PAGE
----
Before my son entered kindergarten, he had to take an assessment test that included shapes, colors, numbers and letters. Because I had home-schooled him from the age of 3, I wasn’t too worried about his performance. Based on the test results, it turned out that he had the option of skipping kindergarten and going straight into 1st grade. Although we declined to do this, I was and still am proud of him for doing so well. He knew all his 50 kindergarten sight words before entering kindergarten, and he also knows all the 1st – grade sight words that he’s suppose to learn next year. Here are some of the tricks I used to get him to learn the sight words.
Practice and Reward
Every day I would sit down with my son and show him the first 10 sight words. I would ask him to tell me which ones he recognized and set these aside. I focused on the ones that he didn’t know. I would tell him each word and also make a sentence with it. I found that it’s easier for my son to remember and understand the meaning of words when they’re incorporated into a sentence. This is especially useful for similar-sounding words, such as “to” “too” and “two.” After a few days of going over the words, he would remember them and I would ask him to make a sentence. I also rewarded him for doing a good job to motivate him to keep up the good work. Playing a game with him, a small new toy or a trip to the park was well worth it.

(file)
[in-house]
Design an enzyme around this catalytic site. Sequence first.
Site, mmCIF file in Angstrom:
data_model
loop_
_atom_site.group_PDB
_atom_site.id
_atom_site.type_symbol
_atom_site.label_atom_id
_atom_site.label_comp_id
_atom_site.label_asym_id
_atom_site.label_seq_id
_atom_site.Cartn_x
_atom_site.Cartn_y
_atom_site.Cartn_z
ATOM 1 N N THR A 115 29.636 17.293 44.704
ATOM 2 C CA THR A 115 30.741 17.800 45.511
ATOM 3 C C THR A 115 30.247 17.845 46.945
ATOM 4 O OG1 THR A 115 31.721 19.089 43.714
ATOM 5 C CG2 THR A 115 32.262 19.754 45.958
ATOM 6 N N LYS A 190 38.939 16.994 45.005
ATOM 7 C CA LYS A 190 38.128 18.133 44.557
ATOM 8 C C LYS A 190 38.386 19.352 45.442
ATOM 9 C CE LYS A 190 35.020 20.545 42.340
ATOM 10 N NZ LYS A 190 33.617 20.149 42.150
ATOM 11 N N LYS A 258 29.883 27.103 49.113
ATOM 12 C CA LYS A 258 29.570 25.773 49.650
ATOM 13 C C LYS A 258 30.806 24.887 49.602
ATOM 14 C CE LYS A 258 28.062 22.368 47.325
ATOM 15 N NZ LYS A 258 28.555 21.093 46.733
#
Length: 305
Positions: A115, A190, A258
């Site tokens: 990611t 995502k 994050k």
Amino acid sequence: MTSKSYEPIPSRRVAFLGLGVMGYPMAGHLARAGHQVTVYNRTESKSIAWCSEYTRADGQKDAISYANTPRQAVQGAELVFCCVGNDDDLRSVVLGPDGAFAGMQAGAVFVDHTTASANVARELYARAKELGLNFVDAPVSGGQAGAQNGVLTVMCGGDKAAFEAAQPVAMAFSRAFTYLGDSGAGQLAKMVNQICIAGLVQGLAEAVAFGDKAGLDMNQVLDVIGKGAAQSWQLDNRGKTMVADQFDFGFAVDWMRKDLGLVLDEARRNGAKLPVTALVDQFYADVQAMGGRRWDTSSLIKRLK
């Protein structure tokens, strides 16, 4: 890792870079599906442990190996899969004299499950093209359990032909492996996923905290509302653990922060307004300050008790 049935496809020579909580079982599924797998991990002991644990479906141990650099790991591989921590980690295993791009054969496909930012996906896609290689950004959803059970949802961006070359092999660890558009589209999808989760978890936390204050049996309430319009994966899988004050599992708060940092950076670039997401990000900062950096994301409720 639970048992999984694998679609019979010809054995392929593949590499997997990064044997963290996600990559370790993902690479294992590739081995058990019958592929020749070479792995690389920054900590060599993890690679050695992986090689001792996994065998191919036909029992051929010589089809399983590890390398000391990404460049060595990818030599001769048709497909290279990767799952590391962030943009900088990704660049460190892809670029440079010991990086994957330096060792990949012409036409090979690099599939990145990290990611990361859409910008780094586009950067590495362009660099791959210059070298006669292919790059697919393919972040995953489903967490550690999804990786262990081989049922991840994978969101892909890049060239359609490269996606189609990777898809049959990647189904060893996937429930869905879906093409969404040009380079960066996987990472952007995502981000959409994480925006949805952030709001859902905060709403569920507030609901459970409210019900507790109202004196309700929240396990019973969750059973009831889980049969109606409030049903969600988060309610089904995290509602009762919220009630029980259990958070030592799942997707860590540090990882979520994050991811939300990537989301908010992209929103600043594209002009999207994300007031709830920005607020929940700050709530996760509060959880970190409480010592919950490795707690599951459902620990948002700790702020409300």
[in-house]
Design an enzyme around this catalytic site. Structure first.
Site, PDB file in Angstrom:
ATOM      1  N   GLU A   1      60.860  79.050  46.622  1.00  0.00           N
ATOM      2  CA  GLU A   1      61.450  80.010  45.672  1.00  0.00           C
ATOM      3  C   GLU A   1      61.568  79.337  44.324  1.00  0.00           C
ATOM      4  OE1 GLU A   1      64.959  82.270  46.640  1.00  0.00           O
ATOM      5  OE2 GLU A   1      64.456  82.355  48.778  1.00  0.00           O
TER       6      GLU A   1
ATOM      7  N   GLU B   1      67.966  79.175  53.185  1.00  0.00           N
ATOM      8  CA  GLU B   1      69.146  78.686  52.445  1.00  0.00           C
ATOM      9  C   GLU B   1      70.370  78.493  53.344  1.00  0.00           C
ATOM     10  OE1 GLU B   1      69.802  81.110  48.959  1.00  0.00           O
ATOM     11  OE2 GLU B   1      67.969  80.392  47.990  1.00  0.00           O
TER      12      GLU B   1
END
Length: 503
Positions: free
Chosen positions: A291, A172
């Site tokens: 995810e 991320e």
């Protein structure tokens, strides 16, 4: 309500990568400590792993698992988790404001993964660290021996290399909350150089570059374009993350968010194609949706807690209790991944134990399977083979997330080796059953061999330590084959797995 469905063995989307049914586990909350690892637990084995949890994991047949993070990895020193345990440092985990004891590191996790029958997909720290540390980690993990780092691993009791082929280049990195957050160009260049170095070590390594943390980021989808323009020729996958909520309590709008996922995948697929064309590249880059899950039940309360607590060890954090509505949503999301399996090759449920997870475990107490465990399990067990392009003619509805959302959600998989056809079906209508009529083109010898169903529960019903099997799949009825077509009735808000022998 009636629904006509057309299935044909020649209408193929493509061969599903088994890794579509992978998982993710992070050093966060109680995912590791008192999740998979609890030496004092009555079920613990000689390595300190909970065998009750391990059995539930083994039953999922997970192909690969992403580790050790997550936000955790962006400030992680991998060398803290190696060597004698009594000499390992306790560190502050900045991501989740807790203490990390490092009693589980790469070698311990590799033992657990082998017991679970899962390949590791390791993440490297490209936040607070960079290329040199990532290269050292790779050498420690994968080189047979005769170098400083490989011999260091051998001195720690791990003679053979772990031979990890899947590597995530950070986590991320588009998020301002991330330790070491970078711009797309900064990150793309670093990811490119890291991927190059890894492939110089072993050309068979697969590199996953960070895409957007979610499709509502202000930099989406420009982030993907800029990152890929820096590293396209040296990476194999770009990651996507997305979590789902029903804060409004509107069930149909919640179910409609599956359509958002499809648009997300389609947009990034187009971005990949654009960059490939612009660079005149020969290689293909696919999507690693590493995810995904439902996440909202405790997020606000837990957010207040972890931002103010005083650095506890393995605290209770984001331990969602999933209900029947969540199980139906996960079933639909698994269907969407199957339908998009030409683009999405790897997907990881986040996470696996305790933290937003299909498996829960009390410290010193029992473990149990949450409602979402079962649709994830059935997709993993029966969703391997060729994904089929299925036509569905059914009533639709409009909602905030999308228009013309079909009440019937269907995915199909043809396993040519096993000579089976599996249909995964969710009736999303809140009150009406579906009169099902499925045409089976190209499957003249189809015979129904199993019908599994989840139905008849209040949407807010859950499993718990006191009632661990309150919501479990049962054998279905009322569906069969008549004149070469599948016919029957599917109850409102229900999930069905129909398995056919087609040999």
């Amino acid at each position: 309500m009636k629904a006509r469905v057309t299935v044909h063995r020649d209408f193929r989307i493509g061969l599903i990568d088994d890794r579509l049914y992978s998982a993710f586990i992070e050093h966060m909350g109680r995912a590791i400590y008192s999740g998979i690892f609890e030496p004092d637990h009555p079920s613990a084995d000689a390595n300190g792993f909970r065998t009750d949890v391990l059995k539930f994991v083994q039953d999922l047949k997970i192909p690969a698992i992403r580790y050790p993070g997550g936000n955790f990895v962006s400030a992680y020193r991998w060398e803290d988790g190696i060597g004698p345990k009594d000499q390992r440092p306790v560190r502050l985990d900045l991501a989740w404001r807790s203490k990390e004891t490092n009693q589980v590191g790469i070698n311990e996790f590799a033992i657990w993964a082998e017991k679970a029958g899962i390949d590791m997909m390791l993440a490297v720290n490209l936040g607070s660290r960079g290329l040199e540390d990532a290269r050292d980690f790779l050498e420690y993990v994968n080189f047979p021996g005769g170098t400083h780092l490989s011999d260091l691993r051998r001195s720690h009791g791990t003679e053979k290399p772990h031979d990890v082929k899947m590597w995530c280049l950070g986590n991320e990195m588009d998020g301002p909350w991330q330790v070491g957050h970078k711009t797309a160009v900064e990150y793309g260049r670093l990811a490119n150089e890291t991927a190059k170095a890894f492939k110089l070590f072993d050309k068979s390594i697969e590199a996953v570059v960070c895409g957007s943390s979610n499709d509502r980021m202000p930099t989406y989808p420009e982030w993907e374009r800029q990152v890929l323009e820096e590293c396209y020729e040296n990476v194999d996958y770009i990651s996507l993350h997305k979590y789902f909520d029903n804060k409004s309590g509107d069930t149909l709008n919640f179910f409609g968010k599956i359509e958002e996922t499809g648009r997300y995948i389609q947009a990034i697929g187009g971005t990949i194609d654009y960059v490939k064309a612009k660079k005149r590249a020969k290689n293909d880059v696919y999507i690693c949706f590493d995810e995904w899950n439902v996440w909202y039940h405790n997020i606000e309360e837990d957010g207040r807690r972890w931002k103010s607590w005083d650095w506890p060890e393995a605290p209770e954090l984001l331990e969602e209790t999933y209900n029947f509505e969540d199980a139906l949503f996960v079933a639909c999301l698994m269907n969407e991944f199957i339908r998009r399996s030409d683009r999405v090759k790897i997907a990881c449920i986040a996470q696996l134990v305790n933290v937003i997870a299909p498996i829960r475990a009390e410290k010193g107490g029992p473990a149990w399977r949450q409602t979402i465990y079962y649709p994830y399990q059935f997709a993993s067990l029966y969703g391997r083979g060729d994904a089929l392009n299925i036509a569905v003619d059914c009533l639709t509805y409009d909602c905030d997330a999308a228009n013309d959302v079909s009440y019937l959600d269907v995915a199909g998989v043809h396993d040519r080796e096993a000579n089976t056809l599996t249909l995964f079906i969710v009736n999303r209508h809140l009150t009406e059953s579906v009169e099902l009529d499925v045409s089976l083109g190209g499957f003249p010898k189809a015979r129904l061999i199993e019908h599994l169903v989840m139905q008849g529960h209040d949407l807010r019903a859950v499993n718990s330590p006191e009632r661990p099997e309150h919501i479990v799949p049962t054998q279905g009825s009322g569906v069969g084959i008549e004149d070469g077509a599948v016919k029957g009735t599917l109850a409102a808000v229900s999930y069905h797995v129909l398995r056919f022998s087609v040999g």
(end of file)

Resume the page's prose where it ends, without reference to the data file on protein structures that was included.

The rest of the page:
Make it Fun
Kids learn easier when you make it fun for them. The moment they get bored, their attention wanders, and it might be better to take a break and continue later. To make learning sight words fun for my son, I wrote each word on a separate piece of paper and turned it upside down on the table. I then asked him to turn over each paper one by one to see how many words in a row he would know, and of course there was a small reward at the end of the game for extra motivation. Although challenging, he enjoyed the game and enjoyed winning the rewards at the end.
Learning isn’t always going to be fun, and some words might be harder to learn. Whenever I came across a word that my son would struggle with, I would write it in big letters and hang it on the fridge. Each time I was near the fridge, it would remind me to show him the word, and eventually he learned it. I had him write down some of the harder words several times in a row. I would ask him to use different colored crayons to write the words, just to add a fun aspect in there for him. Learning sight words requires consistency and patience. Even after your child knows all the words, continue to go over them with him so he doesn’t forget them. Also, progress slowly and make sure your child masters the first 10 words before you go to the next 10 words.